You did not know Janet Flanner? Quite normal, since this feminist American reporter, gay and pacifist, perfectly integrated in the post-war Parisian intellectual circles, was quickly forgotten. To set things straight, former reporter for ELLE magazine, Michèle Fitoussi, recalls in her book, Janet, the fascinating destiny of this early feminist. Here are the reasons to open this book:
For the badass side of Janet
Since her early age, Janet, an American from Indianapolis, dreams of venturing forth. After a short stay in Berlin, where she visits her sister, it’s decided: no matter what, she will go live in Paris! Once she settled down her suitcases, she meets a woman, who became the love of her life. Very quickly, she lands a job as correspondent for a brand new publications, the New Yorker, and invents a new style (long before Tom Wolfe or Truman Capote): literary journalism. A far cry from dry and factual chronicles, Janet takes the liberty of describing literary and artistic Paris with a great deal lyricism. Because Janet is an eternal free woman. Free to love other women at a time when all this is forbidden, free to ask for jobs reserved for men, free to defend the rights of women on all occasion, and finally free to report on the subjects she wishes despite the discontent of her editor-in- chief. In short, a real badass!
To check up on your history
Very close to writer Ernest Hemingway or poetess and feminist Gertrude Stein in the post-war years, Janet Flanner was a major figure on the intellectual and artistic circle of Paris at the time. While she had to insist several times in order to publish her articles, since the New Yorker refused to include politics in its pages, her acid portraits of the rising extreme figureheads in Europe, such as those of Hitler or Pétain, enable us to read up on our classics and to understand the economic and social context that led to another world war. By watching the threat come closer, Janet, as an eternal pacifist, attempted to ring the alarm through her pen —in vain...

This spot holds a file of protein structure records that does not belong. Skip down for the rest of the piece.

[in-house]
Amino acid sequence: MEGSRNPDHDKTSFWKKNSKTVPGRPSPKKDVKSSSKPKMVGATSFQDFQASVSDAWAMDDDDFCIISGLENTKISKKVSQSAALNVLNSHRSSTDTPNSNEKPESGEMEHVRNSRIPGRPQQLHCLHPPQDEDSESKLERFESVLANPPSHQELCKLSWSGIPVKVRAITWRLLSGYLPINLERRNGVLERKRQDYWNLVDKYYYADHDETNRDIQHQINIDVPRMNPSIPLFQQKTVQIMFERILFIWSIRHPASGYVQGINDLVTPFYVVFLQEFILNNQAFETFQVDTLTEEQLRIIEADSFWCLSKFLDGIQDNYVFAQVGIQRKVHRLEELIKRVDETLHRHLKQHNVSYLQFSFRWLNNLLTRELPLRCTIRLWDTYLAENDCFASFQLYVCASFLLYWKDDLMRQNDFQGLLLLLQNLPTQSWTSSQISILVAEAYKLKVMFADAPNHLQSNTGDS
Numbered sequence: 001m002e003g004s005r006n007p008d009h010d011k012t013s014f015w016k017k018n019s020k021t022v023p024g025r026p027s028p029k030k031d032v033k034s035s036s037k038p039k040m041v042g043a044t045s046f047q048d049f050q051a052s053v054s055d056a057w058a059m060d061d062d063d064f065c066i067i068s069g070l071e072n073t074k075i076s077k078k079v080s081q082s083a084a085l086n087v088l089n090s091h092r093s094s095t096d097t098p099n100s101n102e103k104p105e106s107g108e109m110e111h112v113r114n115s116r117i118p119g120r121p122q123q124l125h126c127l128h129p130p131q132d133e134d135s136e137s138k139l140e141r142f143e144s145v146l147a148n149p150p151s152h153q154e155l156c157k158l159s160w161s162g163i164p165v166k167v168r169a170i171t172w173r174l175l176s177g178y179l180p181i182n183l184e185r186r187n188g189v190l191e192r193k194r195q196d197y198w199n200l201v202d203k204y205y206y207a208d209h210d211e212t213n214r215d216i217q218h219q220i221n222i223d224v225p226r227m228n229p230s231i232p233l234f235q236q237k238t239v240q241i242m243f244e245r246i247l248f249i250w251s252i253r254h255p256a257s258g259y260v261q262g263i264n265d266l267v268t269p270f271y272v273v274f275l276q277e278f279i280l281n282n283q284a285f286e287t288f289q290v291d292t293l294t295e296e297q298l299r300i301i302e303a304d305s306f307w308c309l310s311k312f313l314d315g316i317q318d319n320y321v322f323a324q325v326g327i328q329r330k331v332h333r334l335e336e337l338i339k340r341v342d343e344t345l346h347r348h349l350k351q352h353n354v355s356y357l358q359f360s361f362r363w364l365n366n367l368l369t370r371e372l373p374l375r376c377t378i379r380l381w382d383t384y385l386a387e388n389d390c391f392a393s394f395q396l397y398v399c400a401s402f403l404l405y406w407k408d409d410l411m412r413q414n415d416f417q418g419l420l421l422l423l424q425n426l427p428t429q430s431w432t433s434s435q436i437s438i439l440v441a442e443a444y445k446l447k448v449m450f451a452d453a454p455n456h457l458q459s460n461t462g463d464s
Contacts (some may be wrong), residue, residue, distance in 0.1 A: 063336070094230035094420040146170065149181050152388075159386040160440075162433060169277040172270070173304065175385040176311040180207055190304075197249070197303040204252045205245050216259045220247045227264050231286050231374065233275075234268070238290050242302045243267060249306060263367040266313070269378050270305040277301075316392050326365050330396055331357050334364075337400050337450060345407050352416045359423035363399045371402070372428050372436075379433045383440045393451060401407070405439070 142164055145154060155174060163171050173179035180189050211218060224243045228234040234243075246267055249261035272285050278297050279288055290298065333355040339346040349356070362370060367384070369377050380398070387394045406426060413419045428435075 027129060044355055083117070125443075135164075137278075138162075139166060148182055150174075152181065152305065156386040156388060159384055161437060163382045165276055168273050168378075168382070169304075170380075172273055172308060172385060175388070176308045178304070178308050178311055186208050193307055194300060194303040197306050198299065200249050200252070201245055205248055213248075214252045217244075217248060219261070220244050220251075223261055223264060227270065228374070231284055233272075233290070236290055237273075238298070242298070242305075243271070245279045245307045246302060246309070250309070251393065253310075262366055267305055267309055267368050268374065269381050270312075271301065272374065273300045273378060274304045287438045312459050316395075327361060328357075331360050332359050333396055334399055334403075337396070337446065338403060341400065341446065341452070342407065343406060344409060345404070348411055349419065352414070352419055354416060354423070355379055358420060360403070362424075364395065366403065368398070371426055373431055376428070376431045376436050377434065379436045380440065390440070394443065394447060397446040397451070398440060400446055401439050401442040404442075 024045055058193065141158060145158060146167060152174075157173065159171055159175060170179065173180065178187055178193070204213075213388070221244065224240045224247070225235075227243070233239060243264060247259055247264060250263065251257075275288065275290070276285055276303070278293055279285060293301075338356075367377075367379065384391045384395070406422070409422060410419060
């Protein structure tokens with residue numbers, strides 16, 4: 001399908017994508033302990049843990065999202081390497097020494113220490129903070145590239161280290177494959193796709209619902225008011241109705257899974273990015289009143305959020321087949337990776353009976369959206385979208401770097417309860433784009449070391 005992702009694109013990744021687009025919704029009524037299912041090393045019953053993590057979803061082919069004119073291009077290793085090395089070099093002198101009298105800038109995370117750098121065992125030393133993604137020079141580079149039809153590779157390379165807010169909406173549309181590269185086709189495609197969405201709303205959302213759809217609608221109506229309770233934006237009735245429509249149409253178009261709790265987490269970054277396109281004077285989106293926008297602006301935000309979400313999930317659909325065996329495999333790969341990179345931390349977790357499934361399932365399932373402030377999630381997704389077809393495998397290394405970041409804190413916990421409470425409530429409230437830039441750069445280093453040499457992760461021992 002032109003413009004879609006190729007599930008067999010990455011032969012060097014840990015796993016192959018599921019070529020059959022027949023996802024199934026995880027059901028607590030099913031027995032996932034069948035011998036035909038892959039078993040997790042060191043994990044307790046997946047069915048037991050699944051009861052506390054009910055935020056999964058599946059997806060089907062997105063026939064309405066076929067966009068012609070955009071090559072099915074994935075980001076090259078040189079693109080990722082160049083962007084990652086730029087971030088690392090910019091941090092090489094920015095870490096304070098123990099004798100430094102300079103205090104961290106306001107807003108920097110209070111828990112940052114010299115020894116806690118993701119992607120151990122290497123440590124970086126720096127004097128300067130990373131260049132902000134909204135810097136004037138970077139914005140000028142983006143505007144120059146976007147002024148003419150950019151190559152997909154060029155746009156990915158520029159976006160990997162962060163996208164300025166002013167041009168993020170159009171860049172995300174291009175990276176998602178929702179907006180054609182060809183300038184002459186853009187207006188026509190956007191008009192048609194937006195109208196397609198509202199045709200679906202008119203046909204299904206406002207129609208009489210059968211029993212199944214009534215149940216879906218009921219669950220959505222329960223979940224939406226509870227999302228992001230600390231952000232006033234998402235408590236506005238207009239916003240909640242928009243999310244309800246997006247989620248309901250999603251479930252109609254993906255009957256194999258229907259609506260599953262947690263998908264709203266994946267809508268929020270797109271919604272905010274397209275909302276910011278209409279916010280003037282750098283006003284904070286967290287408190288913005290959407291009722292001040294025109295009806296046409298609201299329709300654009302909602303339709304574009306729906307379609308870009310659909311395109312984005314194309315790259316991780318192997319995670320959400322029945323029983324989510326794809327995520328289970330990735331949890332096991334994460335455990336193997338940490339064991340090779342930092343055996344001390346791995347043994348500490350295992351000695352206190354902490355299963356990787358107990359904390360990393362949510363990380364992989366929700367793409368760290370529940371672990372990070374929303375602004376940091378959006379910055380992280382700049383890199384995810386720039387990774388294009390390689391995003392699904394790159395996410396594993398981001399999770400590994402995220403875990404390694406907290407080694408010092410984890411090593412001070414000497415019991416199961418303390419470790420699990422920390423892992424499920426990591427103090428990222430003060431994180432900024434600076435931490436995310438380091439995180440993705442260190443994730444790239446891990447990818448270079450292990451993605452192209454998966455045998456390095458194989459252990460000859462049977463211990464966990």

This biography is definitely on the list of must-read works, if only to know Janet Flanner, who was unjustly replaced in the historical memory by masculine figures such as Tom Wolfe, Truman Capote or Gay Talese.This book reads like a voyage in time that reassures us on the existence of our girl power ancestors!
Janet, Michèle Fitoussi, JC Lattès, 384 pages, €20
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